THE JOURNAL OF CONTEMPORARY HEALTH LAW AND POLICY, Volume 17: Pages 61-133,
Fall 2000.

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INTRODUCTION

       Neonatal circumcision is the surgery most commonly performed on children, yet reliable information regarding the surgery is not usually made available to parents when they are asked to consent to the procedure for their newborn sons. Often, parents are simply presented with a paper to sign permitting the physician to perform the surgery without any health risks or alternatives. Many medical professionals, medical ethicists and legal scholars now dispute the advisability, and even permissibility of circumcising newborn boys.1 Margaret Somerville, a prominent Canadian medical ethicist, recently went so far as to assert that neonatal circumcision constitutes assault under the Canadian criminal code.2 Numerous legal scholars have concluded that routine neonatal circumcision falls within the legal definition of child abuse and violates children's civil and human rights under national and international law.3 Consent to a procedure that is per se illegal is, of course, invalid regardless of the motives of the consenting party.4 But even if it were legally and ethically permissible for parents to authorize circumcision of their sons, empirical studies have shown that the manner in which doctors typically obtain "informed consent" for neonatal circumcision from parents falls far below the standard of care required of the medical profession.5

       This article examines whether and when parental consent to circumcision should be legally effective. It begins by identifying the legal and ethical requirements for consent that apply when medical professionals treat competent adult patients; requirements such as full disclosure, adequate capacity to consent, and voluntariness. It then analyses how the rules and principles applicable in that context translate into legal and ethical requirements for consent to treatment of incompetent persons, and in particular, treatment of children. It shows that, under normal circumstances, medical professionals may not prophylactically remove healthy tissue from even consenting adult patients, and that as a general rule, parents, regardless of their religious convictions, may not authorize medically unnecessary procedures on their children. The article then assesses the implications of those requirements for the practice of "routine circumcision" - that is, circumcision of infant males born with normal genitalia. It concludes that, because routine circumcision causes significant harm while providing no appreciable medical benefits, parental consent to the procedure is invalid. If circumcision can ever ethically and legally be performed, it is only when the male reaches adulthood and is capable of deciding for himself to undergo the procedure.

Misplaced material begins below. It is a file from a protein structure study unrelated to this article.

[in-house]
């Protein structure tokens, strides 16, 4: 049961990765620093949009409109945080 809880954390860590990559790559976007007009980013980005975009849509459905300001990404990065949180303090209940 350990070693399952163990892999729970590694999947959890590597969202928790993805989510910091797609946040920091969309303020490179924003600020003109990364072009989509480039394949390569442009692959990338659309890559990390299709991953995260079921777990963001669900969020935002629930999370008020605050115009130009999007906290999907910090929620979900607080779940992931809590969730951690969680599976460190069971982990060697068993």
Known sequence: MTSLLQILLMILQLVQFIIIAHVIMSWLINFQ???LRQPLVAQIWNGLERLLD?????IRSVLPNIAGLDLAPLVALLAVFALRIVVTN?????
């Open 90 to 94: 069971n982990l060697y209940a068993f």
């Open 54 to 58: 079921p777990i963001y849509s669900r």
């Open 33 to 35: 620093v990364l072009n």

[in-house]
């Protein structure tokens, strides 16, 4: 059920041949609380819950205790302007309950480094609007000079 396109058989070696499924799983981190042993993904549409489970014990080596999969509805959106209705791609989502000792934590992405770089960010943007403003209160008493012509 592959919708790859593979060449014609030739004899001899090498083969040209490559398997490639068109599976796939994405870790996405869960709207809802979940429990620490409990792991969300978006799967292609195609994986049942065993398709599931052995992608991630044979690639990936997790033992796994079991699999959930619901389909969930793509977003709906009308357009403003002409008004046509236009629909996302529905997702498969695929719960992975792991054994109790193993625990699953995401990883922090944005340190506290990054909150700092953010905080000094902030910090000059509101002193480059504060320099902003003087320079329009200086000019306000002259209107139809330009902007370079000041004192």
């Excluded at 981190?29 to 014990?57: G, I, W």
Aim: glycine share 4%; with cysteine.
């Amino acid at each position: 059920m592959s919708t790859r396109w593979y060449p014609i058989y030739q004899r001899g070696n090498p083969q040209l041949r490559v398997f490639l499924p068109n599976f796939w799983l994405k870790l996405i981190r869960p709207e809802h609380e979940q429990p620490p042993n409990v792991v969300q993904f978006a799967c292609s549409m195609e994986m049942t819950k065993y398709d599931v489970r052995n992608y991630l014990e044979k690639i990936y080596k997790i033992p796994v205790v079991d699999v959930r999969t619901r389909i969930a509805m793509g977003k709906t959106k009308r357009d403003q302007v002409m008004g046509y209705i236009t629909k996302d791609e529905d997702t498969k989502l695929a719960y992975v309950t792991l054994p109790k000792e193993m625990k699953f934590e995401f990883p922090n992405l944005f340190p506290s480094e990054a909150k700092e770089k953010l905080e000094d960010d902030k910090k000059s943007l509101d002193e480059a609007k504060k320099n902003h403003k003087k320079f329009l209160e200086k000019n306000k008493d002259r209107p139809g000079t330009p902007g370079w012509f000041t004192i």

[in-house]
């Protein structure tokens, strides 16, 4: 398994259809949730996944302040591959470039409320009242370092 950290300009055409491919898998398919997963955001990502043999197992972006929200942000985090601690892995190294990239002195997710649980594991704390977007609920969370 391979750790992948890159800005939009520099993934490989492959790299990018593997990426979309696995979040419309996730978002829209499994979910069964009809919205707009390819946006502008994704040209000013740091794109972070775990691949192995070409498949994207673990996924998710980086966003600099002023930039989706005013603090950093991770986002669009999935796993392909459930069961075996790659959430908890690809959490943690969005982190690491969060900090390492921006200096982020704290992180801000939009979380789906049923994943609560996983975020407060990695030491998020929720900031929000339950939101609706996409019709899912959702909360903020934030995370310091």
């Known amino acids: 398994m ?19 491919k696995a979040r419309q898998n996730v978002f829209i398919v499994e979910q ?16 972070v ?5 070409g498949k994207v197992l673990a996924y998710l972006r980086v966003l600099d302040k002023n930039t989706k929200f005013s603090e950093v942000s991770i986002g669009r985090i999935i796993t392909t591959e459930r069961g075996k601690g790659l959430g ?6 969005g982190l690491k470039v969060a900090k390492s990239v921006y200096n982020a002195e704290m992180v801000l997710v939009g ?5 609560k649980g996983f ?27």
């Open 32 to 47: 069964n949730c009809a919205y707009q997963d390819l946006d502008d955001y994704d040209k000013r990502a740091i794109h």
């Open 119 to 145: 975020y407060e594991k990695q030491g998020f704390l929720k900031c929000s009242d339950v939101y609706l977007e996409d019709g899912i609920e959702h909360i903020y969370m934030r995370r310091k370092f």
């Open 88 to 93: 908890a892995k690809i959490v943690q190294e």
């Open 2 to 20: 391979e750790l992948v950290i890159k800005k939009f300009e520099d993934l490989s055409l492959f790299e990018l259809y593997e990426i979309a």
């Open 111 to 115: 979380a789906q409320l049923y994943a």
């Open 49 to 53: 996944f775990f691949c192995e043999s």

1. See generally R.S. Van Howe, Consent for Circumcision, 156 CAN. MED ASS'N J. 17 (1997); Jeremy Klein, Circumcision and Consent, 27 FAM. PRAC. NEWS 13 (1997); M.A. Somerville and D.M. Alwin, Lidocaine-Prilocaine Cream for Pain during Circumcision, 337 NEW ENG. J. MED 568 (1997); S.L. Bond, State Laws Criminalizing Female Circumcision: a violation of the Equal Protection Clause of the Fourteenth Amendment, 32 J. MARSHALL L. REV 353 (1999); J. Smith, Male Circumcision and the Rights of the Child, in Netherlands Institute of Human Rights (SIM), in SIM SPECIAL No. 21 TO BAEHR IN OUR MINDS: ESSAYS ON HUMAN RIGHTS FROM THE HEART OF THE NETHERLANDS 475-97 (1999) at http://www.law.uu.nl/english/sim/specials/simsp21.asp (last visited Nov. 12, 2000).
       2. See S. Kirkey, Circumcising Baby Boys 'Criminal Assault': Ethicist Says Society Must Consider Ban, THE OTTAWA CITIZEN, Oct. 17, 1997 at 1; see also Crim. Code, R.S.C. ch. C-46, §§ 45, 265(1)(a)(2000) (Can.) [hereinafter Criminal Code of Canada].
       3. See Smith supra note 1, at http://www.law.uu.nl/english/sim/specials/simsp21.asp; see also C. Price, Male Circumcision: An Ethical and Legal Affront, 128 BULL. OF MED. ETHICS 13 (May 1997); J. Steven Svoboda, Routine Infant Male Circumcision: Examining the Human Rights and Constitutional Issues, in SEXUAL MUTILATIONS: A HUMAN TRAGEDY 205-15, (G.C. Denniston and M.F. Milos, eds. 1997); J.G. Dwyer, The Children We Abandon: Religious Exemptions to Child Welfare and Education Laws as Denials of Equal Protection to Children of Religious Objectors, 74 N.C.L REV 1321 (1996); C.A. Bonner & M.J. Kinane, Circumcision: the Legal and Constitutional Issues, THE TRUTH SEEKER, at S1-S4 (July/Aug 1989); W.E. Brigman, Circumcision as Child Abuse: The Legal and Constitutional Issues, 23 J. FAM LAW. 337 (1985).
       4. See, e.g., K.M. Harrison, Law, Order, and the Consent Defense, 12 ST. LOUIS U. PUB. L. REV. 477, 497 (2000).
       5. See generally C. Ciesielski-Carlucci et al., Determinant of Decision-Making for Circumcision, 5 CAMBRIDGE Q. HEALTHCARE ETHICS 228 (1996).


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